• See why a poll was conducted since if they don't tell you, you should be cautious. Academic institutions poll to increase name recognition or educate, professional pollsters to make money, for example.
  • Check when the poll was conducted and how many people it reached since every professional pollster will tell you that since that influences the results and their precision.
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Former Russian ambassador: recruitment allegations "nonsense"

Carolyn Kaster / AP

Sergey Kislyak, the former Russian ambassador to the United States, dismissed the notion that he tried to recruit Trump team officials as "nonsense" after CNN caught up with him in Russia.

  • On reports Jared Kushner wanted to set up a Russian backchannel: "I've said many times that we do not discuss the substance of our discussions with our American interlocuters. Out of respect to our partners."
  • On the Oval Office meeting where Trump disclosed classified intel: "I'm not sure that I heard anything that would be secretive, but it was a good meeting and we were discussing things that are important to your country and to mine."
  • On the recently passed sanctions bill: "[It's] basically a statement of being anti-Russian. It's not going to be wished away, it's going to stay and it's going to spoil ability of both countries to resume a normalcy in our relations. And normalcy in our relationship is exactly what is missing."
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Charlottesville covers up Robert E. Lee statue

A statue of Confederate general Robert E. Lee in Charlottesville, Virginia that was a focal point for a white nationalist rally earlier this month was covered up on Wednesday afternoon. The city council ordered the statue and another of Stonewall Jackson be shrouded out of respect for Heather Heyer, the woman killed during the protests, per NBC Washington.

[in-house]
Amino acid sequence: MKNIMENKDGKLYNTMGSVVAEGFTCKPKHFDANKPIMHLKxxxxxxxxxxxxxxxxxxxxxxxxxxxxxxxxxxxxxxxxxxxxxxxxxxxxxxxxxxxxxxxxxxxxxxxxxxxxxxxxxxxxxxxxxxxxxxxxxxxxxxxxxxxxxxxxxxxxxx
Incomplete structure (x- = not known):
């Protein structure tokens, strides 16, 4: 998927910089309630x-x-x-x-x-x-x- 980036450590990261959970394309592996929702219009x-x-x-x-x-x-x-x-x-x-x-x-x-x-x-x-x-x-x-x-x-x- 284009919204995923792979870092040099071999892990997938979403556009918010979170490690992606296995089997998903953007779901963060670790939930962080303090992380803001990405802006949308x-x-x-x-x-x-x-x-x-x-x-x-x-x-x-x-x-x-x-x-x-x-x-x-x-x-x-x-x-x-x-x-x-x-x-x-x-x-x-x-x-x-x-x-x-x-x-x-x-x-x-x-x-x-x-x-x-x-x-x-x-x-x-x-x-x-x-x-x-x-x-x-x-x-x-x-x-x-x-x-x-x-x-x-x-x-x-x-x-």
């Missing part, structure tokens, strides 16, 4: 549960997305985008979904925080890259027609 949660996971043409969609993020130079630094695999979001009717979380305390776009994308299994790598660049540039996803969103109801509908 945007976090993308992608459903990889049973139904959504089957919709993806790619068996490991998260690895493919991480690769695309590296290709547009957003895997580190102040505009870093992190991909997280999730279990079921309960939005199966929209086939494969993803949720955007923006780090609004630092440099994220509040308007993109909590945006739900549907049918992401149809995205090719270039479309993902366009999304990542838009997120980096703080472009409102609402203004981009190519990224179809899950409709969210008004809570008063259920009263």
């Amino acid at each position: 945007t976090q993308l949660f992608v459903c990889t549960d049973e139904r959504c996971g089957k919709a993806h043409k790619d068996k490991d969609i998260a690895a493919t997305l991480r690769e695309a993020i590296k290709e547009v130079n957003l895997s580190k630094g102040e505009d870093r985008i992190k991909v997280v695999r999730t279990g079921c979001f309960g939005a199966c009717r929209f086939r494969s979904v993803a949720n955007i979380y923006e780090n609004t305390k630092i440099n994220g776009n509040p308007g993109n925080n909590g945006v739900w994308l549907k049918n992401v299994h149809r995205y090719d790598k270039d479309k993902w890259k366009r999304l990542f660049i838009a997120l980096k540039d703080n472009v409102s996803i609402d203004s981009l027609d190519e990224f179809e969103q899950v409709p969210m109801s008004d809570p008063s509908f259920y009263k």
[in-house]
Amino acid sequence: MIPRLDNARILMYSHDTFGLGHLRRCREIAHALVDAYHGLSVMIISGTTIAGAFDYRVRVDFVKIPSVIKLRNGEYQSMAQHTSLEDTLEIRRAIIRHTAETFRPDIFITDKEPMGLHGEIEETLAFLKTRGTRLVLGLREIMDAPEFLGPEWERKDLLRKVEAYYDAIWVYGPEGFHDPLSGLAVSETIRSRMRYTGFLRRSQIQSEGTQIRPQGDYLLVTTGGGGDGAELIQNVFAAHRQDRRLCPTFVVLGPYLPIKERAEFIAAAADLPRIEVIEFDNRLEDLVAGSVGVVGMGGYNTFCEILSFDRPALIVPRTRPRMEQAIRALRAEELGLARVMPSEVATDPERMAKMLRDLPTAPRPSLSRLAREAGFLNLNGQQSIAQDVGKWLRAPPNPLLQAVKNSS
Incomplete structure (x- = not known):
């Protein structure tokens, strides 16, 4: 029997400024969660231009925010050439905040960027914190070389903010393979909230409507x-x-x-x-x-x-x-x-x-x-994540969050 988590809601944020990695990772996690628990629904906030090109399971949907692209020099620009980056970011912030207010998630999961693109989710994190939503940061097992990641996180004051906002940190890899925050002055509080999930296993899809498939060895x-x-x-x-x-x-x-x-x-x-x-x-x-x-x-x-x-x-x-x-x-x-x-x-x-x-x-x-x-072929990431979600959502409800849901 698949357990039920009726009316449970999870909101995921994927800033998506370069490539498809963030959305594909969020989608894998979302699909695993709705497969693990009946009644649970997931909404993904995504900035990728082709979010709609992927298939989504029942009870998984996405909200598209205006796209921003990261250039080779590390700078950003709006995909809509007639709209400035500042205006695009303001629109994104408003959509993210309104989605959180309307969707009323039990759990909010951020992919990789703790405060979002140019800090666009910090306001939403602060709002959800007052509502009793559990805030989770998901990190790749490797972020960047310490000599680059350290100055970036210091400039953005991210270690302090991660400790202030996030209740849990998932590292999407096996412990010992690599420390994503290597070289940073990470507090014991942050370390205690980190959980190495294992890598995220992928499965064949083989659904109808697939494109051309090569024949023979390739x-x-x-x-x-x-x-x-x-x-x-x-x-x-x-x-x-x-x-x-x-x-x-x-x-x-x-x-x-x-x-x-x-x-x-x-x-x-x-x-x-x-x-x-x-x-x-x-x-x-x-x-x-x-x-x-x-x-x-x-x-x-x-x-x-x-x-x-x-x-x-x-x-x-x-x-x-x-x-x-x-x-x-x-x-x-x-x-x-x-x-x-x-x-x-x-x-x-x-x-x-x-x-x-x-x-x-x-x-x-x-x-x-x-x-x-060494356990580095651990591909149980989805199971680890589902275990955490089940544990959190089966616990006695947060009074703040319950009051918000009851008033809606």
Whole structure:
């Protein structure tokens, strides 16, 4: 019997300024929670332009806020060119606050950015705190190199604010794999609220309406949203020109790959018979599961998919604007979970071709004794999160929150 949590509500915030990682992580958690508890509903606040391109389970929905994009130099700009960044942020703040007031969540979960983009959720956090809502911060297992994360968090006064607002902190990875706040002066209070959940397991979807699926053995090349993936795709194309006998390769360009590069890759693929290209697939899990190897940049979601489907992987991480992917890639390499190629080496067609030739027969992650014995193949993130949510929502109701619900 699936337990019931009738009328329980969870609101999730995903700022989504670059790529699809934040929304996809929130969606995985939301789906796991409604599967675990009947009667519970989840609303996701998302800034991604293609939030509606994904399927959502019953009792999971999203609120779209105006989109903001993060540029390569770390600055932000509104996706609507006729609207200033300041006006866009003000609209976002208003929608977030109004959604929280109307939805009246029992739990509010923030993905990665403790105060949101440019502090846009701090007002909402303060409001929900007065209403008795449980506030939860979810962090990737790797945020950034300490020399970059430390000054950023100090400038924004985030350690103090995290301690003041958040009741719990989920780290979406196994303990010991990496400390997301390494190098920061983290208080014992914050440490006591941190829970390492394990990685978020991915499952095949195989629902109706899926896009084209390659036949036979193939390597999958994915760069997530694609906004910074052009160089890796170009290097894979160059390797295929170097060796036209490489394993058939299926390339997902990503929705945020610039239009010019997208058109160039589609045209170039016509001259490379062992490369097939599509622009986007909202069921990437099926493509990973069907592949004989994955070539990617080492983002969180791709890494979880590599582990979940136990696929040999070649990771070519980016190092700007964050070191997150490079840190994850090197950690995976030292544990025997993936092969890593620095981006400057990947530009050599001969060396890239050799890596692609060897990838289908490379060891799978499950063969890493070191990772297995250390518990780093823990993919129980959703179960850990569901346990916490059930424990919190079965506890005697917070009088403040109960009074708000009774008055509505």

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Moore dominating Strange in Alabama Senate polling

Roy Moore, a former Alabama chief justice, has 50.3% support compared to incumbent Sen. Luther Strange's 32.2%, per a Decision Desk HQ/Opinion Savvy poll.

Moore's 18-point lead comes one month before the September 26th primary runoff that will decide the Republican nominee to replace Attorney General Jeff Sessions.

Data: Decision Desk HQ/Opinion Savvy Poll of likely voters, Aug. 22, 2017; Chart: Andrew Witherspoon

Why it matters: Strange has strong endorsements from both President Trump and Majority Leader Mitch McConnell, but Moore is the Trumpian candidate, whose campaign ad's say he'll "drain the swamp." Polling indicates that the president's populist message, rather than his explicit endorsement, resonates with his base. As recently as December 2016, Moore said there was "a big question" about President Obama's citizenship, reigniting the disproved "birther" debate.

One Trump thing: 68.6% of voters polled say they "strongly approve" of Trump's performance.

Polling data, including methodology, here.